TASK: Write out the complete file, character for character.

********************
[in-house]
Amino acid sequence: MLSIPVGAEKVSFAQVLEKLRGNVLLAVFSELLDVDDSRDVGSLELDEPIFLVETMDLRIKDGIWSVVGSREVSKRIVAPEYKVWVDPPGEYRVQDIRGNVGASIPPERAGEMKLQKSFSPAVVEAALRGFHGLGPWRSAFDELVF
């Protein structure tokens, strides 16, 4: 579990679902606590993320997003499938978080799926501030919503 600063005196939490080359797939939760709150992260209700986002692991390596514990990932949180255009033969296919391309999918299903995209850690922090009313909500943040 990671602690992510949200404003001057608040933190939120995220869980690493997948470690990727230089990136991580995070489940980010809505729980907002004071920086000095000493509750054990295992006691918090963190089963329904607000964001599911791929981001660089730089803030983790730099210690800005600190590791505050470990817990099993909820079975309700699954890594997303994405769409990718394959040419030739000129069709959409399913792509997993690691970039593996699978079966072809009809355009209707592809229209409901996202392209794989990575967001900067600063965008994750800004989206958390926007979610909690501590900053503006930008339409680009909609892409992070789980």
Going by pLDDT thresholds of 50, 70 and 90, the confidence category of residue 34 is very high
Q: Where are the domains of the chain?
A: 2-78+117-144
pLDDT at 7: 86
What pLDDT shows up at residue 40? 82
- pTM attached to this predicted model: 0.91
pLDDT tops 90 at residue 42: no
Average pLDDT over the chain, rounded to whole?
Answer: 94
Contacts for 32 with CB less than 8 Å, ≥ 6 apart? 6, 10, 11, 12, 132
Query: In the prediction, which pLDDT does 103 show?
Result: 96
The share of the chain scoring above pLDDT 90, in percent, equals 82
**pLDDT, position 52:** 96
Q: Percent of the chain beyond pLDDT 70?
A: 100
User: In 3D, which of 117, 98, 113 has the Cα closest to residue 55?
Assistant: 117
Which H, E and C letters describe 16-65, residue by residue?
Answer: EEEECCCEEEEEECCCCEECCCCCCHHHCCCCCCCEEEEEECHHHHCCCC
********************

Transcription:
[in-house]
Amino acid sequence: MLSIPVGAEKVSFAQVLEKLRGNVLLAVFSELLDVDDSRDVGSLELDEPIFLVETMDLRIKDGIWSVVGSREVSKRIVAPEYKVWVDPPGEYRVQDIRGNVGASIPPERAGEMKLQKSFSPAVVEAALRGFHGLGPWRSAFDELVF
């Protein structure tokens, strides 16, 4: 579990679902606590993320997003499938978080799926501030919503 600063005196939490080359797939939760709150992260209700986002692991390596514990990932949180255009033969296919391309999918299903995209850690922090009313909500943040 990671602690992510949200404003001057608040933190939120995220869980690493997948470690990727230089990136991580995070489940980010809505729980907002004071920086000095000493509750054990295992006691918090963190089963329904607000964001599911791929981001660089730089803030983790730099210690800005600190590791505050470990817990099993909820079975309700699954890594997303994405769409990718394959040419030739000129069709959409399913792509997993690691970039593996699978079966072809009809355009209707592809229209409901996202392209794989990575967001900067600063965008994750800004989206958390926007979610909690501590900053503006930008339409680009909609892409992070789980």
Going by pLDDT thresholds of 50, 70 and 90, the confidence category of residue 34 is very high
Q: Where are the domains of the chain?
A: 2-78+117-144
pLDDT at 7: 86
What pLDDT shows up at residue 40? 82
- pTM attached to this predicted model: 0.91
pLDDT tops 90 at residue 42: no
Average pLDDT over the chain, rounded to whole?
Answer: 94
Contacts for 32 with CB less than 8 Å, ≥ 6 apart? 6, 10, 11, 12, 132
Query: In the prediction, which pLDDT does 103 show?
Result: 96
The share of the chain scoring above pLDDT 90, in percent, equals 82
**pLDDT, position 52:** 96
Q: Percent of the chain beyond pLDDT 70?
A: 100
User: In 3D, which of 117, 98, 113 has the Cα closest to residue 55?
Assistant: 117
Which H, E and C letters describe 16-65, residue by residue?
Answer: EEEECCCEEEEEECCCCEECCCCCCHHHCCCCCCCEEEEEECHHHHCCCC